The vagus stimulation maintains skin quality

Why is the brain-gut connection relevant to skin beauty and ageing? Should we care about systemic inflammation to improve skin quality? Should we be feeding it with special ingredients? What should we eat to stay young? Or should we be fasting? Indeed, intense gut and skin renewal after periodic fasting have been described28. Today we know that to improve the health and quality of the skin, we can compensate salty/sweet craving with nutraceutical supplementation, cosmeceutics and specific pre-biotics29.

Beside the gut-brain connection and its global effects on the body, the skin displays a fully functional peripheral hypothalamic–pituitary–adrenal (HPA) system around the hair follicle30. These ‘micro-brains’ sense stress, such as that induced by infection, exsiccation, heat/cold, UV light, ozone, toxic agents, stretch, mechanical damage, free radicals, allergens, and high/low humidity. Moreover, psychological stress is able to stop the proliferation of melanocytes via corticotropin-releasing hormone (CRH) receptor31 activation, while accelerating that of keratinocytes. Likewise, odorant molecules are able to induce potent repair activities, activating the pool of progenitor cells around the sebaceous glands woven within the structure of the hair follicle32

With the gut-brain axis being the major source of systemic inflammation, compromising microbiota-driven anti-inflammatory strategies, the only anti-inflammatory and deeply repairing system that remains available for the restoration of health and beauty of the skin is the activation of the vagal system. Stimulating the vagus nerve involves quite trivial actions, such as indulging in a taste you like, or receiving an affectionate skin touch from a friend. Social grooming, watching a healing image, controlled breathing consistent with cardiac coherence or even listening to enchanting sounds all potently induce vagal activity. These activities, which can be summarised by the term of ‘pleasures’, activate the vagal system, induce relaxation and repair, accompanied by a decrease of all biochemical markers of inflammation33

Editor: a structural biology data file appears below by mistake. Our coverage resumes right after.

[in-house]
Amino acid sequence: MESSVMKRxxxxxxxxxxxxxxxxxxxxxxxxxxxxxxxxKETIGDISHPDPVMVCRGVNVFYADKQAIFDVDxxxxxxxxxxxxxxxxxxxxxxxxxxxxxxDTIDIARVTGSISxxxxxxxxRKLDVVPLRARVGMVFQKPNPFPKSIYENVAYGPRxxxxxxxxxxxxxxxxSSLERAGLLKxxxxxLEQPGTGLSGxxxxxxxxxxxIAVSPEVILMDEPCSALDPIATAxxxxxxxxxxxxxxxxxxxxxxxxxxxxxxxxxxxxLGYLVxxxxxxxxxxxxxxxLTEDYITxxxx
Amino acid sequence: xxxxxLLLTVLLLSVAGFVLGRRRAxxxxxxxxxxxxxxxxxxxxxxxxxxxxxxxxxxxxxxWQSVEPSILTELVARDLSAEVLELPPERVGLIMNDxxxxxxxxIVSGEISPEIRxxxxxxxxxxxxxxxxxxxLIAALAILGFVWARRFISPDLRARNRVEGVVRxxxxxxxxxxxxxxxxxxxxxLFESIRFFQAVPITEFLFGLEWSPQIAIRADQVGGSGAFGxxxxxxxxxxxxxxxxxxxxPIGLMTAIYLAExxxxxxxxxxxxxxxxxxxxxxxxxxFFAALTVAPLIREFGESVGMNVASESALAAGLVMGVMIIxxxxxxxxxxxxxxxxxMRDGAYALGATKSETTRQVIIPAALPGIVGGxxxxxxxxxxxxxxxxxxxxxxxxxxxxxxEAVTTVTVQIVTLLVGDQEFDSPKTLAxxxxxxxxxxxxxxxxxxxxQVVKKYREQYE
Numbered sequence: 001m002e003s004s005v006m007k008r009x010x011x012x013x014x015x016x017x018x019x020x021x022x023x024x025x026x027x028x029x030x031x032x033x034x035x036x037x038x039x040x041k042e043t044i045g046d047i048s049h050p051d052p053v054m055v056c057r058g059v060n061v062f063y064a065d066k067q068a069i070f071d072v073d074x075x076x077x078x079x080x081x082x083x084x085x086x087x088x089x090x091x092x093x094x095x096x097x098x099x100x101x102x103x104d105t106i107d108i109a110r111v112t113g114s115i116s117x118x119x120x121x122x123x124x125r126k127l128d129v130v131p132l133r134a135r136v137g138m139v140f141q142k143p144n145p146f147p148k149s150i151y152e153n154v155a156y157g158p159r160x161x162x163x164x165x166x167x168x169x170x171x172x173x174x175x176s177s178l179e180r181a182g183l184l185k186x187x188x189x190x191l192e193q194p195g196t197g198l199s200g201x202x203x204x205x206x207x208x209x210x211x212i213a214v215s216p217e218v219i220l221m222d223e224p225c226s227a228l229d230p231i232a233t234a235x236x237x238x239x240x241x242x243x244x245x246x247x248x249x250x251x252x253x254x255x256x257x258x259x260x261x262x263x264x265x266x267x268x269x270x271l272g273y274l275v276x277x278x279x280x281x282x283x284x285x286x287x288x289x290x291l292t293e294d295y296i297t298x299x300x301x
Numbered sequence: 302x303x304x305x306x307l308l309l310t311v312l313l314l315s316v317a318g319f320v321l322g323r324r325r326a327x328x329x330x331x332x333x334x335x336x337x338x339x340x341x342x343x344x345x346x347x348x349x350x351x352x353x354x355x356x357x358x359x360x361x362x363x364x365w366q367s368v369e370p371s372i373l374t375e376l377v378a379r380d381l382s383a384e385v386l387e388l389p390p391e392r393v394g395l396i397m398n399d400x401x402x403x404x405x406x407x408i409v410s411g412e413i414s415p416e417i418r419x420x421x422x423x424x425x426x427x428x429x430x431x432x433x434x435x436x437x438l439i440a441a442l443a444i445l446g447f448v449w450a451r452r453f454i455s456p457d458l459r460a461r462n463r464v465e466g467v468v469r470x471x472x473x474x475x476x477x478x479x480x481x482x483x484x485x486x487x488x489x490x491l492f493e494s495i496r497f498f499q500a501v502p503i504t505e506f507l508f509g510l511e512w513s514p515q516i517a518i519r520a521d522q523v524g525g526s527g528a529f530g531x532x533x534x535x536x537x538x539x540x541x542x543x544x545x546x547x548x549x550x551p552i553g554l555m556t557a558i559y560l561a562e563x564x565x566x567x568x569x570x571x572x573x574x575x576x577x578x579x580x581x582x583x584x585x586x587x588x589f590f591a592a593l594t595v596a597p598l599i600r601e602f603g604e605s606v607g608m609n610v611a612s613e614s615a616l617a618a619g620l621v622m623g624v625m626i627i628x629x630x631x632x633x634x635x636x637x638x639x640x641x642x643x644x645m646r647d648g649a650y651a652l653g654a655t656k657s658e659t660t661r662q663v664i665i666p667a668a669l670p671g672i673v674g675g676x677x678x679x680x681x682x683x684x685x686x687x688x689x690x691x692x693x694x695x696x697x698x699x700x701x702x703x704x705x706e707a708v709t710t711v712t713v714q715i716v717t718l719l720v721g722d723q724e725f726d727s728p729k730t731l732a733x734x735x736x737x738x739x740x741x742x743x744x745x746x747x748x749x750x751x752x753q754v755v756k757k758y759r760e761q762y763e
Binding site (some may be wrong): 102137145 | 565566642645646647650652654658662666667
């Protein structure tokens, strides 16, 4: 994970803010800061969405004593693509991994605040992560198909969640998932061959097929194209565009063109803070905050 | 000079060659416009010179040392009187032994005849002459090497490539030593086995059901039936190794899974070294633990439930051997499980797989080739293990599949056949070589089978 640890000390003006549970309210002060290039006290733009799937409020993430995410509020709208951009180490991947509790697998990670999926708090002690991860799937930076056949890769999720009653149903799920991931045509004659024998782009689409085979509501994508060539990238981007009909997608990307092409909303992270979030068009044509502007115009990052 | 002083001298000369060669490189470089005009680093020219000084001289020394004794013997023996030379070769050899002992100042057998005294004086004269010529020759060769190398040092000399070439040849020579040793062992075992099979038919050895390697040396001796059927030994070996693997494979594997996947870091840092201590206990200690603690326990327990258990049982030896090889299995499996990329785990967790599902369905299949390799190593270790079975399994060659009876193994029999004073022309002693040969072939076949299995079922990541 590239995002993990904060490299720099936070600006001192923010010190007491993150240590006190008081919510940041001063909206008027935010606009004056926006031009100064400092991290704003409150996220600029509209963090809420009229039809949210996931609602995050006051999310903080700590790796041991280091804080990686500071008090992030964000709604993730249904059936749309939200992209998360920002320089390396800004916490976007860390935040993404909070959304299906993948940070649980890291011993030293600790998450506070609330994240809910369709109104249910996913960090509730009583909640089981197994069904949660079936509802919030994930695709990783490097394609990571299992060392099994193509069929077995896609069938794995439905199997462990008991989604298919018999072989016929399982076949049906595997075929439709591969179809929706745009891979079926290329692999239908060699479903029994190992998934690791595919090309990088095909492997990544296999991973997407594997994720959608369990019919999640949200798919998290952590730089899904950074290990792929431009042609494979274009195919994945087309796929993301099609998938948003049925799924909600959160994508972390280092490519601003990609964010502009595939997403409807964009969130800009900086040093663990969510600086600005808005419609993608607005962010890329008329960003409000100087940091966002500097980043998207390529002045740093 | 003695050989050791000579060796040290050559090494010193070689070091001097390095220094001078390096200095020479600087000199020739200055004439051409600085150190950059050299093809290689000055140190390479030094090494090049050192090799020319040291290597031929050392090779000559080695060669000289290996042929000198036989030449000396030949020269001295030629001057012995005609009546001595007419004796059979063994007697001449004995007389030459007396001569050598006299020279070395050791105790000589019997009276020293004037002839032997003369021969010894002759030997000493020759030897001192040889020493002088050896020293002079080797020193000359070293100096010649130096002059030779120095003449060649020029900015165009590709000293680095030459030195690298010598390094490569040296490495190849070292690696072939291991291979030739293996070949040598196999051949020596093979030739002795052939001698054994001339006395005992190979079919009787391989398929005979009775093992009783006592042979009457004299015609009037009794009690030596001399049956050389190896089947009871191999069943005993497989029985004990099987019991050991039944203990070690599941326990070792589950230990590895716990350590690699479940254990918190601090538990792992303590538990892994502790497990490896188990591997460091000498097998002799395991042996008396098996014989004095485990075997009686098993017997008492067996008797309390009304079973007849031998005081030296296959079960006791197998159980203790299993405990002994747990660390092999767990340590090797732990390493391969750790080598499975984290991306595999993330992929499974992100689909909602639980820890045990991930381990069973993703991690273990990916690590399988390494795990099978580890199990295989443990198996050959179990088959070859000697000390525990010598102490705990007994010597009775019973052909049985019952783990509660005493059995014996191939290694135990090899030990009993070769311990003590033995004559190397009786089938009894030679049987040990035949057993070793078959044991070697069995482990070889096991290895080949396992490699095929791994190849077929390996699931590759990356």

In summary, the gut-brain connection influences skin quality through three interconnected mechanisms:

  • Stress can destabilise the gut barrier function, thus exporting the inflammatory reaction to the whole body
  • Chronic inflammation fuels ageing
  • Nutrition may become a potent inductor of epigenetic modifications
  • The gut-brain connection can also ameliorate skin quality when solutions from natural substances are taken into account that would operate for barrier restoration34 and treatment of systemic (chronic) inflammation.

In the European study RISTOMED35, healthy human volunteers submitted to a controlled diet plus various supplementations. The anti-inflammatory effect of the latter was shown, for d-Limonene supplementation, by a decrease in circulating IL-6 levels, associated with the amelioration of CES-D scores (Center for Epidemiological Studies-Depression Score). In another study, testing the same nutritional supplementation, psoriasis depending on stress-induced dysbiosis and chronic inflammation responded similarly with the disappearance of redness, itching, and increase of QoL36

Therefore, a four-point conundrum focusing on gut barrier restoration, vagal mood regulation and repair activity, resulting in inflammation control should be surveyed when skin health and beauty are the focus, eventually addressed by bioactive compounds37,38.

In conclusion, when chronic inflammation invades the digestive system as a consequence of the brain’s anti-inflammatory strategy via cortisol, affecting the gut barrier function, a starting point of a generalised alteration involving all organs is reached. Vice-versa, the rescue could come from gut microbiota, linked to the possibility to promote repair, anti-inflammation, cancer prevention and healthy living.

  Declaration of interest None

  Figures 1 © Dr d’Alessio